"The only thing the FDA says will stop mal de mer is the electronic Relief Band"
I do not quite know what that means. A number of products have been FDA approved for safety and effectiveness in treating seasickness. Scopolamine and meclizine are just two of them.
It is a "little bit true" to say, "the relief band is the only device approved by the FDA to treat seasickness" but the FDA has NOT approved the effectiveness of the Relief Band, just its safety.
In fact, the FDA hasn't even REALLY approved it for safety by looking at any data. They cleared it for sale because it was "substantially similar" to a product that was marketed before approval for such devices was required. I know the company's marketing says "FDA Cleared" but that is very careful marketing double-speak. Note the careful avoidance of the word "Approved."
Of course that does not mean it does not work, just that it has not been really evaluated by the FDA.
I did a lot of research into this partly because I am always interested in products that work "like magic" and partly because I have glaucoma and can not take scopolamine or several of the other antiemetics. Fortunately, I don't often suffer from seasickness myself, but it would be nice to have something on board I could give to anybody and not worry about side effects, or drug interactions.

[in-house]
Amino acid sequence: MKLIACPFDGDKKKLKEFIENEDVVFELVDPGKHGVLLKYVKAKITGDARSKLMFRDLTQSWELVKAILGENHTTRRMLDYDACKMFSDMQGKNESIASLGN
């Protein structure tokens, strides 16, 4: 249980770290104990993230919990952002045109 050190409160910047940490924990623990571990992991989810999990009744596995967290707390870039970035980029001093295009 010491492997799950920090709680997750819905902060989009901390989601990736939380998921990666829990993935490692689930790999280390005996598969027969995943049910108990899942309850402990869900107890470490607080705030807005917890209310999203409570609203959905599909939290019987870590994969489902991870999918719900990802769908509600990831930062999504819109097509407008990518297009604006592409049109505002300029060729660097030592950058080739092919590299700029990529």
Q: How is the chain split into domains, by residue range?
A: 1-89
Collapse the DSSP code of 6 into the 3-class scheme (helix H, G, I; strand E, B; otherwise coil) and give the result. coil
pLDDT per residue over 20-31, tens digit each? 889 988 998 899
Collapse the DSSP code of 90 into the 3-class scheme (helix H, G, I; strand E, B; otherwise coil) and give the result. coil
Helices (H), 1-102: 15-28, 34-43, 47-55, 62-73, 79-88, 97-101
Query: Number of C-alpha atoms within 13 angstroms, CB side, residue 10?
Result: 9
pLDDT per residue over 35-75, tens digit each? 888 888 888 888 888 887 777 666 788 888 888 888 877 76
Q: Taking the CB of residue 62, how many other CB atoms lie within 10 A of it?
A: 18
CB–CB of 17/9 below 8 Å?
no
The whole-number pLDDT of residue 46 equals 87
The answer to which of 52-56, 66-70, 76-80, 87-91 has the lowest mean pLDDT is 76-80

I was never able to find any data to decide if the Relief Band really worked better than a placebo, or not. They don't reference any published studies of effectiveness, and that always raises a red flag to me. On the other hand a lot of people swear by it. It is certainly one of those things that "it can't hurt to try, it's only money!"
Motion sickness is a really, really tough condition to really study. Nobody has looked harder at it than NASA, and as far as I could find, the technology behind the relief band didn't make their cut, so they never quite convinced me that they should get my money!
Bar Harbor, Maine
---In amelyachtowners@..., <karkauai@...> wrote :
The only thing the FDA says will stop mal de mer is the electronic Relief Band. It's used for post op nausea, and nausea of pregnancy (hyperemesis gravidarum). They zap your wrist every second. Sounds like hocus pocus, but I bought two several years ago for friends and family. I've put them on 9 people so far. 6 got complete relief almost immediately, one got partial relief, and two got no relief.
I recommend scopolamine, Relief Band, and Meclizine, staying above deck, and staying hydrated. So far I haven't had anyone on that regimen who stayed sick for days.
Kent (internal medicine/anesthesiology)
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